M. Giant's
Throwing stuff at the internet to see what sticks

Tuesday, January 27, 2009  

Hacked In

You know how every once in a while you realize you've entered a world you never knew existed, even though it's right in your back yard? It's a common theme in the work of recent Newberry winner Neil Gaiman; some humble but secretly noble everyman crosses the wrong garden hedge/subway turnstile/Norse god and finds himself surrounded by exotic wonders and mysterious creatures. Well, that happened to me the other day when I went to the computer supply store.

I didn't even know the place existed until a couple of weeks ago when we got a notice in the mail saying they were giving away free flash drives, just for stopping by, no purchase necessary. We didn't especially need a flash drive, but the price was certainly right. It even took me a little circling around to actually locate it. And then when I went in, I did not get the place at all.

I used to be in a band with a software engineer. A guy who, while not part any kind of 733+ h4x0r subculture per se, knew quite a bit about them. And of course I used to watch the Lone Gunmen on The X-Files (though not on their spinoff. There are limits). But I've come to realize that expecting to understand anything from that limited exposure is like watching Shōgun on TV and expecting to be able to learn Japanese. Which I've also done, so I should have known better.

But do anyway, I get in there, and this store is huge. It's cavernous. And it's got enough computer components to build your own Matrix. You think I'm exaggerating, but I've never seen so many merchandise racks devoted to nothing but cooling fans, and that was only scratching the surface. And then there was the "home entertainment" section, with all the giant screens showing movies, but then a closer look revealed that they were in fact computer monitors.

Obviously finding a tiny little thing like a flash drive in this maze of technology beyond my ken was going to be a challenge, so I flagged down one of the earnest tie-wearing dudes, who directed me to the cash registers.

This is where I started to get worried, because the line for the registers was two dozen deep, and I had a four-year-old with me. You know that stereotype about how computer nerds never leave the house? Well, they do. They all do. And they were all in line ahead of me. Which wouldn't have made me nervous, except that from the back of the line -- and the middle of the line, and almost the very front of the line -- I couldn't see at all where these flash drives were meant to be. I was just taking it on faith that they were there, and if I got to the front of the line and turned out to be wrong, I would have wasted a great deal of time and there would have been a lot of irate people ready to flame me in terms I wouldn't even understand.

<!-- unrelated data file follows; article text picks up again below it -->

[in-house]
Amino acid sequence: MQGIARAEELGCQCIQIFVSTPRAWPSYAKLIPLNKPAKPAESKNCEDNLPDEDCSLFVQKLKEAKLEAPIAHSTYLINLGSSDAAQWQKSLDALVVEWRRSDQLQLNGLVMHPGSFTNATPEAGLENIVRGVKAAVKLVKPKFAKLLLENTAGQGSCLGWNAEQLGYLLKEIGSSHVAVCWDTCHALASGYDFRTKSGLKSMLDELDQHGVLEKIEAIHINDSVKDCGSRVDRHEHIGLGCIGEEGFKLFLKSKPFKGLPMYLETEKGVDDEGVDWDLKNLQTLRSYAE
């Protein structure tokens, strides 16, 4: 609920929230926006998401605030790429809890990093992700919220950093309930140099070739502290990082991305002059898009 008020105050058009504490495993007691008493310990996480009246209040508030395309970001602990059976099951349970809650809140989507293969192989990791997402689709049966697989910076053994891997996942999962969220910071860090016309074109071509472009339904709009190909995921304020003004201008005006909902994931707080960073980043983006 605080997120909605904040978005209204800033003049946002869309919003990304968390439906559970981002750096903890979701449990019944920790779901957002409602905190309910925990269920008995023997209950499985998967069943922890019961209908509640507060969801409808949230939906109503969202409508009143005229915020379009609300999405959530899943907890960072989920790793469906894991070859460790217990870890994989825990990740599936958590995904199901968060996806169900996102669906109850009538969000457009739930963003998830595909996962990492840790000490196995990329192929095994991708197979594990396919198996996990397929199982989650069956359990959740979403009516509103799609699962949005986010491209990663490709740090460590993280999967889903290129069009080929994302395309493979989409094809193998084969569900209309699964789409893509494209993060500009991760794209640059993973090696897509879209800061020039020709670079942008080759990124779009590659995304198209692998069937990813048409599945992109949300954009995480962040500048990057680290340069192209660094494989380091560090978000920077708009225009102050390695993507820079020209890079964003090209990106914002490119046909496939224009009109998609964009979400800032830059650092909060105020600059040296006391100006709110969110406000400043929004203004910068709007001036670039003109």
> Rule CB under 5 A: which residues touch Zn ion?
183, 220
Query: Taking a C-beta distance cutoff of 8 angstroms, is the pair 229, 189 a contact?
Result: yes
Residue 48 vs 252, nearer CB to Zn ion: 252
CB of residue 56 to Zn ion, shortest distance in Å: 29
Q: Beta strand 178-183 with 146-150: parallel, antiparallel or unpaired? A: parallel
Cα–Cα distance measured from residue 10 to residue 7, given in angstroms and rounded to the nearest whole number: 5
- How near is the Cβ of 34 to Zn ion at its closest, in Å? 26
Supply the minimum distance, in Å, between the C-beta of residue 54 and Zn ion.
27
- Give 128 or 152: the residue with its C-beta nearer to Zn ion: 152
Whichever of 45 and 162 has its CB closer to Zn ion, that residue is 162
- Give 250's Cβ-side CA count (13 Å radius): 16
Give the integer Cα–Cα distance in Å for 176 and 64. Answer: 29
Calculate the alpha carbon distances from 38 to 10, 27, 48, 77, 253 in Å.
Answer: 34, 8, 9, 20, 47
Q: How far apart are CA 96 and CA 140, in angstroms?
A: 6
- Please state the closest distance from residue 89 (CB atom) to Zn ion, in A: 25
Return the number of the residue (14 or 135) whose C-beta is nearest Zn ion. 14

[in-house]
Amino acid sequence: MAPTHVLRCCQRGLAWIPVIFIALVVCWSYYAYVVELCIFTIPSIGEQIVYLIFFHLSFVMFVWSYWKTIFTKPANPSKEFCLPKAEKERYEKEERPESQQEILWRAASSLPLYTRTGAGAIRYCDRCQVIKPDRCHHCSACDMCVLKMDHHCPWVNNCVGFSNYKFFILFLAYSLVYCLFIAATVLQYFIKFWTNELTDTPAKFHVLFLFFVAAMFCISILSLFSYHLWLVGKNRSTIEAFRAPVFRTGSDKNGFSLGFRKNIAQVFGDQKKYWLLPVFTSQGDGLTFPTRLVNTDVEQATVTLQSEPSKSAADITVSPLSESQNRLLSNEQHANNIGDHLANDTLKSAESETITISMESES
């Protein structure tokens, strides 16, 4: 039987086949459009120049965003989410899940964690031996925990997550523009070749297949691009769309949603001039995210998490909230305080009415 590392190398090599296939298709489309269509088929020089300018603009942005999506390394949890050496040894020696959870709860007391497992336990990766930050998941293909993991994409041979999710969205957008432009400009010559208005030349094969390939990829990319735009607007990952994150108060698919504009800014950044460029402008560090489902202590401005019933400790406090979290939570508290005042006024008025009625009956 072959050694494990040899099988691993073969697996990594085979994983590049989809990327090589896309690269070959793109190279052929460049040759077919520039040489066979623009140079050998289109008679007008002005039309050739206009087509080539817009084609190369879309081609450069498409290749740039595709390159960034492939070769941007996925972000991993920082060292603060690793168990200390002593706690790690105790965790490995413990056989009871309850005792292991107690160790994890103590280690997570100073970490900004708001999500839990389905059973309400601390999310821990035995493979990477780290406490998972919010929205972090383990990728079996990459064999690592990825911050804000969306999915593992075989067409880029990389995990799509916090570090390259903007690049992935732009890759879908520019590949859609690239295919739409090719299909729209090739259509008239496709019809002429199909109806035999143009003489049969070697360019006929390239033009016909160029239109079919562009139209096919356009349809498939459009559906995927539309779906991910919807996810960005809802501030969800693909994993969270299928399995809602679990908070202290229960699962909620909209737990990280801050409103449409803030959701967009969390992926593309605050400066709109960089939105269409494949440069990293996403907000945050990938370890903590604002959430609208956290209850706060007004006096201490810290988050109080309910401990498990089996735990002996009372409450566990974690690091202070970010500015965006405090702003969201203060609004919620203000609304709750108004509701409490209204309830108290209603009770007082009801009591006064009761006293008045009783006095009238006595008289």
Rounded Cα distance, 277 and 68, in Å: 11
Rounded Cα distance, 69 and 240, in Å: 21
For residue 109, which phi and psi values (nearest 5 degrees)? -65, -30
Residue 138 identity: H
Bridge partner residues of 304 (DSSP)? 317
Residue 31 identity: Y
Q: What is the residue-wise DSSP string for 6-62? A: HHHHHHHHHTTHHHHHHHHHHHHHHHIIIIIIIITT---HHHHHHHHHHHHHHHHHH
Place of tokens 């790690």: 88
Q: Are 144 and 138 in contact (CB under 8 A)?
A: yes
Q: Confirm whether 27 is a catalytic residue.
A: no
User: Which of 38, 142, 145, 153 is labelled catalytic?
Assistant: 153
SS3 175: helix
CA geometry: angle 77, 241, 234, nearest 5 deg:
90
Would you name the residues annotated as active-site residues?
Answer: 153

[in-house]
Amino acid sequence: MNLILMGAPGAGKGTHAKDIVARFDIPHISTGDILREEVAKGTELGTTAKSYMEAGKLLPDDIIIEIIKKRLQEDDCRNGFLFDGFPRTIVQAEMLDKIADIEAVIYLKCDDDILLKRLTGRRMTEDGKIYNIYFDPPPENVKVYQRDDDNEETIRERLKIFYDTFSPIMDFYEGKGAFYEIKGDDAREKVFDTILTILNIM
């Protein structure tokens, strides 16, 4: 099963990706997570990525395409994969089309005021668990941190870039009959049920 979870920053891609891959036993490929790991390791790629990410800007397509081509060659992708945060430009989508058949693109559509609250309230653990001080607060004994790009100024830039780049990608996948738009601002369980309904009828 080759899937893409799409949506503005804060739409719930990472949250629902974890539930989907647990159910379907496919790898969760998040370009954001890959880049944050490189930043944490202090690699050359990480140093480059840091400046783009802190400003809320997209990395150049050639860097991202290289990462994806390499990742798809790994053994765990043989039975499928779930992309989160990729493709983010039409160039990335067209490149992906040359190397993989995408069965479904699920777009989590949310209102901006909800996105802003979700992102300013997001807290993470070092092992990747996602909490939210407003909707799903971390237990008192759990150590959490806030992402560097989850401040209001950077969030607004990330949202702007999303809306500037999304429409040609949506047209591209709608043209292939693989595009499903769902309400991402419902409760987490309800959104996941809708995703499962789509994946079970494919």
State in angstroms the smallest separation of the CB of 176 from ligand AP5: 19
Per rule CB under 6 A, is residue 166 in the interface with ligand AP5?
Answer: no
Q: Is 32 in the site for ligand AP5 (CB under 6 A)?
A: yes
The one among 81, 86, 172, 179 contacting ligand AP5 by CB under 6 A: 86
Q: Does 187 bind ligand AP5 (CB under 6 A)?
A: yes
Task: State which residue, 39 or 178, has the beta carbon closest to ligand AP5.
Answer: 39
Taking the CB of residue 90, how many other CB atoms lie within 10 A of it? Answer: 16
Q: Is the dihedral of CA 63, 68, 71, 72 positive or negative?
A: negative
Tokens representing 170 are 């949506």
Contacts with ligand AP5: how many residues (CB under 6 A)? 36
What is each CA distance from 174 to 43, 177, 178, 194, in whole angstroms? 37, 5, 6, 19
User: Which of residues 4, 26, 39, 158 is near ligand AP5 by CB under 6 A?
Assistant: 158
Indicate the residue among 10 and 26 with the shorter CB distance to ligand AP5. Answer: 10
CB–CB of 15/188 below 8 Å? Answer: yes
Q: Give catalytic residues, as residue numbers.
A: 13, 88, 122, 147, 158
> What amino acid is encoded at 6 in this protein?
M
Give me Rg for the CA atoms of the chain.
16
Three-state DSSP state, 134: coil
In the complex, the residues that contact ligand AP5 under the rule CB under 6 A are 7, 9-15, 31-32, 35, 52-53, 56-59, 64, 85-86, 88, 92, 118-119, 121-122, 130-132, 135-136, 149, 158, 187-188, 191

With only five people working registers, M. Edium and I had considerable leisure to peruse what passes for impulse buys for this market. Stuff like DVDs. A mind-boggling assortment of caffeinated beverages (why can't they just sleep?). A rack of t-shirts bearing clever legends like "I VOID WARRANTIES." It was hard not to engage in a little amateur anthropology. Quietly, to myself, of course.

Eventually, when the line snaked around the last corner, I spotted the rack of bins that held the flash drives, snatched up the one described as free in the mailing, and waited for the next register. Where a guy in a bowl haircut rang up the cash-free transaction by entering my street address from the mailing, and my e-mail address from my mouth. Obviously I gave him the address for my spam-buffer account, but I'm sure it's still enough for these geniuses to get into my computer and steal my bank accounts next time I sign into it. Which is why I haven't.

So the flash drive was free, but at what cost?

posted by M. Giant 9:30 PM 4 comments


733+ ?

By Blogger Unknown, at January 27, 2009 at 10:30 PM  

^ LEET. Computer nerd speak, sort of like LOL Cat language.

By Blogger Deanna, at January 28, 2009 at 10:39 AM  

Hey, don't knock the need for multiple caffinated products. When you're raiding for three hours and you have to wait for the boss you're on to spawn again so you can make 'just one more attempt', you need the Penguin caffinated mints because more Bawls is just going to make you have to take a bio in the middle of the fight and then there's a wipe and it's all your fault and Vent goes crazy with everyone cursing you...

Oh, whoops! I do wonder how 733+ that place really is- fans are for lame-o machines. Real decks use liquid cooling. :D

Anyway, I used to be a gamer (a *girl* gamer, no less) until I realized that I'd just wasted a good portion of two years of my life, so I understand that particular sub-subculture. The haxx0r types are quite a bit more freaky and pathetic. Many gamers are actually social and use raids (10, 25, or 40 players all fighting the same big bad guy) to hang out with real life friends who might be scattered across the country. They use software to talk $h!t over headsets, and it's really a lot of fun.

Just FYI that not every person in that store was a freak of nature. A lot of my old gaming buddies had wives and kids and good, non-computer related jobs. :) Now, they also dressed their kids up as Jedis or storm troopers for Halloween, but whatever. :D

By Blogger Auburn Tiger, at January 28, 2009 at 11:15 AM  

I'm married to one of the nerd guys (he actually has an MS in CS) and I think I need to buy him the "I Void Warranties" T-shirt for his upcoming b-day.

BTW, we own the full Shōgun miniseries on DVD. Combined with reading the book, he believes he knows everything there is to know about Japanese culture. Uh huh.

By Blogger Bunny, at January 28, 2009 at 4:55 PM  

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